I'm starting to think there's a step above Naur's "Programming as Theory Building" ( http://alistair.cockburn.us/ASD+book+extract%3A+%22Naur,+Ehn,+Musashi%22) that applies to building programs in general. That same tendency for new engineers on projects to claim it is badly done and needs rewriting is partly due to them just not having the theory of the program, but that they also have a higher level "theory of building all programs". For example, if your "theory of building all programs" includes a rule of "you solve the problem of easily matching brackets by indenting a certain amount" when you see someone not solve that problem or even solve it in a different way it elicits the same "this program is written badly and needs rewritten" feeling.
_"I would be really interested to see if they start demanding that programs be indented correctly and start creating rules. Maybe even going so far as to impose those rules on you as you're teaching them."_
I think kids wouldn't do this, but someone older and steeped in the way our world works might well be very rule-bound in their thinking. I've written elsewhere about making the world at large less rule-bound: http://www.ribbonfarm.com/2014/04/09/the-legibility-tradeoff. In short, I think the growing brittleness of rule systems (like organization structures or laws) over time is one of the great problems of the world today. To solve it, we need rule systems to be accompanied by scenarios considered in coming up with them, along with the democratized ability for _anyone_ to change the laws as long as all their tests pass. (Adding tests/scenarios might be a more specialized ability. That part is still hazy.)
There's nothing wrong with rules -- as long as we know precisely how long each rule is useful for. I want to live in a world where people aren't conditioned to unthinkingly follow rules.
That's a good point about kids not doing it with you as the instructor, but do you think it's unlikely if they were working with each other?
We're probably talking about two different things (org structure/laws vs theories of programs/programming), so this line might not be interesting to you. But re: your point at the end around rules assumes that it is easy for people to reset and remove rules they're used to. A lot of the rules we encounter in programming become ingrained in the Numbers to Leave Numbers / Form to Leave Form ( http://theartoflearningproject.org/resources/numbers-to-leave-numbers/) sense which has a lot of benefits in allowing you to rely on intuition rather than having to keep them in working memory all the time. I'm still in the early stages of this idea, but I have a feeling that your speed and success of picking up a new theory of a program/programming depends heavily on your ability to reset your old forgotten rules and pick up new ones (and forget them).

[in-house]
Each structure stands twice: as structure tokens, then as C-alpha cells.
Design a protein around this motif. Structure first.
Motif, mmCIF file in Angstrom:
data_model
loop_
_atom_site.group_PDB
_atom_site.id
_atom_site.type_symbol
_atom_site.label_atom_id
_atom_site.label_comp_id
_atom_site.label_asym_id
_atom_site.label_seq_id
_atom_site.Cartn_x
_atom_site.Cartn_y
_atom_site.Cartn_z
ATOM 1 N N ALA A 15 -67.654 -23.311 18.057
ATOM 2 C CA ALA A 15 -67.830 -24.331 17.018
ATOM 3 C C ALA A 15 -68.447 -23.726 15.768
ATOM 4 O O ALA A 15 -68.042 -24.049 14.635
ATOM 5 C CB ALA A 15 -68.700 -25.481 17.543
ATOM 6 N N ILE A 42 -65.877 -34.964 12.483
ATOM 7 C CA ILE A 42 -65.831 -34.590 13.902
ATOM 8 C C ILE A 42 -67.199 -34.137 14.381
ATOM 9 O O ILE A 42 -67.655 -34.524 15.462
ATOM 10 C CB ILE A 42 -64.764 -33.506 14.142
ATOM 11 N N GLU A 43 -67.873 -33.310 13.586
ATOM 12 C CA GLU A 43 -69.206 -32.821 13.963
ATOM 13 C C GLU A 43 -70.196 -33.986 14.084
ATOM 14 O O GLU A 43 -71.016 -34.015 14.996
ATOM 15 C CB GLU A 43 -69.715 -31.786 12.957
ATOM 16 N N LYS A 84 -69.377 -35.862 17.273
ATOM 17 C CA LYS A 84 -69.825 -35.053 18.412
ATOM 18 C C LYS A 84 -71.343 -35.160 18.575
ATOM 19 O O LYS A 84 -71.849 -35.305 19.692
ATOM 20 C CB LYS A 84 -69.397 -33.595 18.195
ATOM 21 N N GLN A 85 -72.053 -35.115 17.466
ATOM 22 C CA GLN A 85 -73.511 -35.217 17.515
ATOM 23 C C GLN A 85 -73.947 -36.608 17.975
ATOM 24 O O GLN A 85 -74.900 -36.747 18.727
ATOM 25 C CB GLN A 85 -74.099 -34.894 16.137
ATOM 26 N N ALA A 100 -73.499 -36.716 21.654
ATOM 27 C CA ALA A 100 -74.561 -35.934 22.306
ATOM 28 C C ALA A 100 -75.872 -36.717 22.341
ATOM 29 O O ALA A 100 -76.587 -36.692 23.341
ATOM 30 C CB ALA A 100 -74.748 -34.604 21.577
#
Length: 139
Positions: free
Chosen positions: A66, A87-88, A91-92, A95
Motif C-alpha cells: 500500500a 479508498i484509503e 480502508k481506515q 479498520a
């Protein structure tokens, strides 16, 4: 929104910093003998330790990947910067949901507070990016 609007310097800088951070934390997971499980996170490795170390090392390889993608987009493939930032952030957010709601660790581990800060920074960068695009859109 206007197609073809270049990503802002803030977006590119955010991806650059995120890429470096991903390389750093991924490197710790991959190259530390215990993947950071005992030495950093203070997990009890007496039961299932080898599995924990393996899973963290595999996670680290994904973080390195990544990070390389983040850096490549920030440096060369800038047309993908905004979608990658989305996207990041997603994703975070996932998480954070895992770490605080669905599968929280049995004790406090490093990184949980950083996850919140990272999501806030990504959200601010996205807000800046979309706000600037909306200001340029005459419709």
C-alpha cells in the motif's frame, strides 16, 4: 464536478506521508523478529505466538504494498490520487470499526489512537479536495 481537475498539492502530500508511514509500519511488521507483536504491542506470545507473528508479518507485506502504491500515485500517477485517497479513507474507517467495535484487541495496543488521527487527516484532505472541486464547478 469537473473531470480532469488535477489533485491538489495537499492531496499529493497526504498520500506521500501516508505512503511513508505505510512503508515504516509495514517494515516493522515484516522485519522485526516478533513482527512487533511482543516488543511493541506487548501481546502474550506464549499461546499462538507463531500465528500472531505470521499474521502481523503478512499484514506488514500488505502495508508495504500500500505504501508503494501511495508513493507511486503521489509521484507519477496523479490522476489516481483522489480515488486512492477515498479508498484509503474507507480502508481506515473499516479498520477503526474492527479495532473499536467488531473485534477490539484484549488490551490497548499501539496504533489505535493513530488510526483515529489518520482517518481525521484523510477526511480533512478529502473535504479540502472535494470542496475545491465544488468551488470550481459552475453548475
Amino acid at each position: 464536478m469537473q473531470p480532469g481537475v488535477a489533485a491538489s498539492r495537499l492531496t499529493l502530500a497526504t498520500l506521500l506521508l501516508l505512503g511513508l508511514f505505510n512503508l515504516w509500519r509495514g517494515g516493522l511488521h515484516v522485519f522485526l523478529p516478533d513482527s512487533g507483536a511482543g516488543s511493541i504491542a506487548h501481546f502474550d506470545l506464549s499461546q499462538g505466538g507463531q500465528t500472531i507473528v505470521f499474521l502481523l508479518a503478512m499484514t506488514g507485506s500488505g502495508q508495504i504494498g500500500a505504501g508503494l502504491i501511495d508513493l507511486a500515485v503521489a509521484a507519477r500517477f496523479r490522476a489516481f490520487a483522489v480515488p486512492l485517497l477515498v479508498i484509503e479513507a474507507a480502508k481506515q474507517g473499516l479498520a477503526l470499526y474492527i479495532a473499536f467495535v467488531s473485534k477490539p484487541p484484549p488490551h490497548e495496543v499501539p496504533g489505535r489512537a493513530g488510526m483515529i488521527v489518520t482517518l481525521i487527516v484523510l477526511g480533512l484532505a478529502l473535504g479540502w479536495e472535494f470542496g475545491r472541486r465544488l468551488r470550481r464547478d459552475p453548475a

Bateson has written variously about this, and been paraphrased many times, so it should be easy to find more complete accounts, notably in the anthology "Steps to an Ecology of Mind"
Let this whet your appetite: "In all such cases, the step from one logical type to the next higher is a step from information about an event to information about a class of events. Notably, in the case of the dolphin, it was impossible for her to learn from a single experience, whether of success or failure, that the context was one for exhibiting a new behaviour. The lesson about context could only have been learned from comparative information about a sample of contexts differing among themselves, in which her behaviour and the outcome differed from instance to instance. Within such a varied class, a regularity became perceptible, and the apparent contradiction could be transcended." (Bateson 1979:137)
1. My friend Mike Plotz has been writing a series on Bateson: http://hyponymo.us/2015/08/20/play
2. One of the best books I've read on learning is "The Symbolic Species" (http://www.goodreads.com/book/show/733691.The_Symbolic_Species). In particular it has a great description of an experiment in teaching chimpanzees symbolic manipulation (https://www.google.com/search?q=sherman+austin+lana), showing that chimps can learn negative reasoning and so evolve symbols. You first spend weeks teaching them to connect up configurations with reward, then you abruptly stop rewarding them for it, and they gradually grok that the presence of the configuration is undesirable. Another great example it describes is a peace treaty ritual between pre-linguistic tribes: if each tribe can be mock charged repeatedly by the other without reacting, you get peace.